Territory Stories

Flood Warning and Damages in Alice Springs: Part 1 Executive Summary. Part 2 Tangible Damages Part 3 Intangible Damages & Emergency Procedures

Details:

Title

Flood Warning and Damages in Alice Springs: Part 1 Executive Summary. Part 2 Tangible Damages Part 3 Intangible Damages & Emergency Procedures

Creator

Handmer, John; Smith, D. I.; Greenaway, Mark

Collection

E-Publications; E-Books; PublicationNT; Report ; 53/1989

Date

1989-04-01

Description

Made available via the Publications (Legal Deposit) Act 2004 (NT).

Notes

Date:1989-04

Language

English

Publisher name

Power and Water Authority

Place of publication

Alice Springs

Series

Report ; 53/1989

File type

application/pdf.

Copyright owner

Check within Publication or with content Publisher.

Parent handle

https://hdl.handle.net/10070/228902

Citation address

https://hdl.handle.net/10070/673596

Page content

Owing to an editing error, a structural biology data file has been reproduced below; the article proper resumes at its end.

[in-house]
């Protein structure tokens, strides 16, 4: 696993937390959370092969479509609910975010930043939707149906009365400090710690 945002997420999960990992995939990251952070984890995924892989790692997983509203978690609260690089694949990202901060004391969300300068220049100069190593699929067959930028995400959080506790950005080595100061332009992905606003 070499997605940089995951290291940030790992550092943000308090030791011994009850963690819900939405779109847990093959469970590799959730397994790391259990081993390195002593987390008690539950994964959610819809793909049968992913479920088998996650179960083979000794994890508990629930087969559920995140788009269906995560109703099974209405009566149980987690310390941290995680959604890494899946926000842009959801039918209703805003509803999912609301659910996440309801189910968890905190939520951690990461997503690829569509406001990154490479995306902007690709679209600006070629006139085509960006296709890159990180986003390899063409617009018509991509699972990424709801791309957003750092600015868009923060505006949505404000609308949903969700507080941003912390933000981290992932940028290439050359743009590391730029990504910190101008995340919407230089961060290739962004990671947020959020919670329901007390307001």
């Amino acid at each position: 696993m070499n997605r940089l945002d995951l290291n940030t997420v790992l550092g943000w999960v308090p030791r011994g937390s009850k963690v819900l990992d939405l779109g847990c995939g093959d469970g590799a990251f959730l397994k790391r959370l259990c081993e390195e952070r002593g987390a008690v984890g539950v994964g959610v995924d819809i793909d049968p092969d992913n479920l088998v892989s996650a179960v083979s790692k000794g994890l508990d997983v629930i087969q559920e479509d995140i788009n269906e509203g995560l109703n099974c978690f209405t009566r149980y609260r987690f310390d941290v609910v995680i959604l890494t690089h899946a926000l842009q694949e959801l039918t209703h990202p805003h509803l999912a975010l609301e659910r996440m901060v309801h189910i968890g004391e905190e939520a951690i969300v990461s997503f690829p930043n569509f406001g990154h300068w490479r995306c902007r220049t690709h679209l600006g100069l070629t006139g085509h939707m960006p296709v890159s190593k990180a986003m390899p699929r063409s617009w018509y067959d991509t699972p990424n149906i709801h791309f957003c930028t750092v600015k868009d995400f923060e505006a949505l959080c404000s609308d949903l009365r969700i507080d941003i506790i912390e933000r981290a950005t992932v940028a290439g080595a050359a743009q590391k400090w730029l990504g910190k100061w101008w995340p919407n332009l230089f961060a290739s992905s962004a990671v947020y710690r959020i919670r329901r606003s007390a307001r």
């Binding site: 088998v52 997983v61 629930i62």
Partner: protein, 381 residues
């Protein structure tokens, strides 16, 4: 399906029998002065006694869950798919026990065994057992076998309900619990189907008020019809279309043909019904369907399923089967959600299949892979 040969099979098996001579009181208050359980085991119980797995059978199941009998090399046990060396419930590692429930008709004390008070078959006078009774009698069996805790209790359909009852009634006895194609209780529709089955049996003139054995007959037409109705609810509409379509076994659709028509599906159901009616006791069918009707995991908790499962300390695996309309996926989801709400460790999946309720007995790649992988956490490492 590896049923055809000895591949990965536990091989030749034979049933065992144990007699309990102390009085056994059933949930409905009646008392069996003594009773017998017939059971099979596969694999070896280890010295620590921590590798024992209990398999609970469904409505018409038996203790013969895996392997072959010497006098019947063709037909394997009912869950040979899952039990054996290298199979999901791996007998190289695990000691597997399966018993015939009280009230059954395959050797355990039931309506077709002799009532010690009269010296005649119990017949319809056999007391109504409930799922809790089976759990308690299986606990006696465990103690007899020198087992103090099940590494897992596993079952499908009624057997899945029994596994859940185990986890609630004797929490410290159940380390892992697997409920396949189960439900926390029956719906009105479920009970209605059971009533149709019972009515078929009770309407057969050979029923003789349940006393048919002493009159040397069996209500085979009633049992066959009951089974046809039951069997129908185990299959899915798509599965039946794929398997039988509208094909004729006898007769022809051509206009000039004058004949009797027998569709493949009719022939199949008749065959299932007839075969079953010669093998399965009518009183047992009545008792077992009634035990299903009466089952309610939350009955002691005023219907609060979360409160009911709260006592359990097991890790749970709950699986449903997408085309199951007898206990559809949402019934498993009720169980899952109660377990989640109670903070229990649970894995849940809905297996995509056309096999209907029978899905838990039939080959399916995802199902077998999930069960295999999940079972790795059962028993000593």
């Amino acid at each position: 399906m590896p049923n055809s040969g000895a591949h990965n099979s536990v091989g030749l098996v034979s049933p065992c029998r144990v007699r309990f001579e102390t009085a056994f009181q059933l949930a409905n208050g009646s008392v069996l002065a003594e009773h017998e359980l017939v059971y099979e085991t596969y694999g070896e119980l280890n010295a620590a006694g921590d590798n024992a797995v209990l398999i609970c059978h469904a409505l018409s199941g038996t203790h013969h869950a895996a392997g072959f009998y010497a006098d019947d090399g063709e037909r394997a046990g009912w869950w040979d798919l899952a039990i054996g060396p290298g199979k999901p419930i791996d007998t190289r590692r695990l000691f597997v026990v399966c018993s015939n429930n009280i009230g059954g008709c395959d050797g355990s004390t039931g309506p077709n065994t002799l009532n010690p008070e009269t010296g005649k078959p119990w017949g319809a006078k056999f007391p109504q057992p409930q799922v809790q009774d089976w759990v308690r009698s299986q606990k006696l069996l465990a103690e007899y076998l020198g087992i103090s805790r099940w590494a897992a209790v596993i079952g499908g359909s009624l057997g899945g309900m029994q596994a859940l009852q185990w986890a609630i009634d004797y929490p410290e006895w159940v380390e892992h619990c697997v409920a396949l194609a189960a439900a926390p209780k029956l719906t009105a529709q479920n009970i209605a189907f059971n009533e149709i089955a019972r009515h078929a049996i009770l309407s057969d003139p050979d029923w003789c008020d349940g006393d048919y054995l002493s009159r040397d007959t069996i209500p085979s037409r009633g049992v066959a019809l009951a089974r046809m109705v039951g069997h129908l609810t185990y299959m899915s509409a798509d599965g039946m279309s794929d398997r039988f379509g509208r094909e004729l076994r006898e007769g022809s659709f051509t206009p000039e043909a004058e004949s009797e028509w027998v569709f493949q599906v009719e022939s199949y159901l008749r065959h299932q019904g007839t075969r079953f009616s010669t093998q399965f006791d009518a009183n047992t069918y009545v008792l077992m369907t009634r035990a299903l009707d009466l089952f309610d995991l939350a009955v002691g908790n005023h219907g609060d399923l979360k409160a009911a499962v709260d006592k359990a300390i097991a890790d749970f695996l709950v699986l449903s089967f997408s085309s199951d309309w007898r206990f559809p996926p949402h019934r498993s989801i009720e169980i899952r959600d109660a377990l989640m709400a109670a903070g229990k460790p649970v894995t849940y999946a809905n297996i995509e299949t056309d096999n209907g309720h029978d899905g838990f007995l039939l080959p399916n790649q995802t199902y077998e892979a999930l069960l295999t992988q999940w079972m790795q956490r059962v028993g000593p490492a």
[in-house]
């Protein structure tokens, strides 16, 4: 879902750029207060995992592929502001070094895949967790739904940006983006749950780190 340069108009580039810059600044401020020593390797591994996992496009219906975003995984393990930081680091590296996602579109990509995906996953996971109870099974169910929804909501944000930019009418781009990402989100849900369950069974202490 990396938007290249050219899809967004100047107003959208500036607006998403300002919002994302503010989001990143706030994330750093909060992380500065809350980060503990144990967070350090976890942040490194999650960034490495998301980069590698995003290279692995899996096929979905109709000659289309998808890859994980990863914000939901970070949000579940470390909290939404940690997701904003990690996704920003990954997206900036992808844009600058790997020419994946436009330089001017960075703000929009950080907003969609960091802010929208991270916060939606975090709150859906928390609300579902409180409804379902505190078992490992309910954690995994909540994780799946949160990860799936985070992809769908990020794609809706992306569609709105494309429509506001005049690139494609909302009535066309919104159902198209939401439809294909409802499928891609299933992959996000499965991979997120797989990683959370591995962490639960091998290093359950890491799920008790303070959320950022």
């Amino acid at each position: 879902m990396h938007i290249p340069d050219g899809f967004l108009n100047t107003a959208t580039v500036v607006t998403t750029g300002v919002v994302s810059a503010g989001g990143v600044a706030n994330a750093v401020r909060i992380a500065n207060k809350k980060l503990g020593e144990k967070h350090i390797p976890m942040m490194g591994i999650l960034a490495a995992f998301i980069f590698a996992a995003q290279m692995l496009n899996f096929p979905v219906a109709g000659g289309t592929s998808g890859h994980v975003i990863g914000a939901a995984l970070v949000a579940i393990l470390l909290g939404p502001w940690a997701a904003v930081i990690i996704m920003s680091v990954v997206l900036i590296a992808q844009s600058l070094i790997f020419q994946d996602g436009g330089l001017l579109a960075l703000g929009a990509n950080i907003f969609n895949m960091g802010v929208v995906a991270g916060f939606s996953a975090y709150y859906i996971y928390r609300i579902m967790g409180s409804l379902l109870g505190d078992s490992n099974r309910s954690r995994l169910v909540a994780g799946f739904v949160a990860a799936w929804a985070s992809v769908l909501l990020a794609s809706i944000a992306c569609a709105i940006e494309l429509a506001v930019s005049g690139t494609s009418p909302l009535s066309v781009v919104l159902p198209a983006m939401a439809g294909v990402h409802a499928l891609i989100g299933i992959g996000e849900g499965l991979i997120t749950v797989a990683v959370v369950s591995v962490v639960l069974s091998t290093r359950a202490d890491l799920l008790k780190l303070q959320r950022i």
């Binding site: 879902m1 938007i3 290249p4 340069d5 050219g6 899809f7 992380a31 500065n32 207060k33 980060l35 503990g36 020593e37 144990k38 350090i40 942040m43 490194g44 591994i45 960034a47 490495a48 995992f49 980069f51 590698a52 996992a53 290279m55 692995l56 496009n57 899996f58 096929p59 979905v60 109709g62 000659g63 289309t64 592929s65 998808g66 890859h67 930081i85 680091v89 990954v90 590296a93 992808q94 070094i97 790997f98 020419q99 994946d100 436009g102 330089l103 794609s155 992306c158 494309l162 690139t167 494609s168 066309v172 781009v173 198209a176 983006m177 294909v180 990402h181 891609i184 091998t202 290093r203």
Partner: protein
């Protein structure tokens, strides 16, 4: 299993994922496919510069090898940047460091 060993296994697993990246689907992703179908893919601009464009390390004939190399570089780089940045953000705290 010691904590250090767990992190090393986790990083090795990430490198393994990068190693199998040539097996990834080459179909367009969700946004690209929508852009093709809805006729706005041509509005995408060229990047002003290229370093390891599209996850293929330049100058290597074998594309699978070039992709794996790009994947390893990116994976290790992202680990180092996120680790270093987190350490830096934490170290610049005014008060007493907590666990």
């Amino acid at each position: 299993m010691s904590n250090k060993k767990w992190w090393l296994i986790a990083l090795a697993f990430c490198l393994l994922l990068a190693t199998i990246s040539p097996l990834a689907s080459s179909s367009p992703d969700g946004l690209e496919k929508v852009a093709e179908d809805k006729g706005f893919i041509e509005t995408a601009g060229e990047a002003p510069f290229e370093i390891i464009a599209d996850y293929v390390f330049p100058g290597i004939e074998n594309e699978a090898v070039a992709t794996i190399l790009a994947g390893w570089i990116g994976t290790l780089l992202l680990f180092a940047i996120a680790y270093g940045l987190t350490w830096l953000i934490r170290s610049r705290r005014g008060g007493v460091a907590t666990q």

Technical Report WRA89053 Viewed at 03:02:00 on 18/02/2010 Page 10 of 139. I I I I I I I I I I I I II I 1 I I I I. 5 the limits of the Todd flood-water. It should be noced cha~ these The ~looding was extensive but the depths of inundation were relatively restricted, the maximum ove~floo~ depths were rarely more than one metre. The topography of the site however, is such that a small increase in flc~d levels would greatly increase the number of properties effected. Questions of safety for hotels and motels, retirement homes .. the hospital and the Aboriginal comm:..:ni;:y are of particular concern. Of the households with overfloor flooding, 60 pe~ cen~ reported stress induced emotional or health pt'oblems as a result of the flood. The individuals involved range i~ age from children and young adults to the elderly_ In some instances there were direct links to physical health, ~g heart conditions and asthma. In others the flood expe~ience resulted in stress during periods of heavy rain. These results are less severe than those reported in a study of the 1986 Sydney floods. The Aboriginal community Direct damage to property ma:-caged by Aboriginal organisations within Alice Springs is estimated at 568,000. This includes damage from flood waters other than the Todd River. In addition, abou~ 75 river bed campers lost all their possessions, and many people had to seek alternative accommodation. nO'.vever, the grea~est losses in the Aboriginal community '''ere the intangibles of death, racial tensior" and s.tr!'!ss and potential health effects. Three Aborigines drowned in the Todd. Racial tension may have increased for ~wo reasons: a perception in some quarters that the emergency procedures were racist in that the Aboriginal community received a lower level of service; and comments by some politicians suggesting that the flood would have been controlled by a dam if it had not been for Aboriginal opposition. Floodplain management Although an approp~iate policy exists at the Territory level, there is effectively no flood related zoning in Alice Springs. This absence has contributed to a steady increase in potential flood losses. The debate over the recreation/flood mitigation dam has been divisive, between Aborigines and non-Aborigines and within the non-Aboriginal comrnunity. The issue is simply raised here as it is not within our brief.


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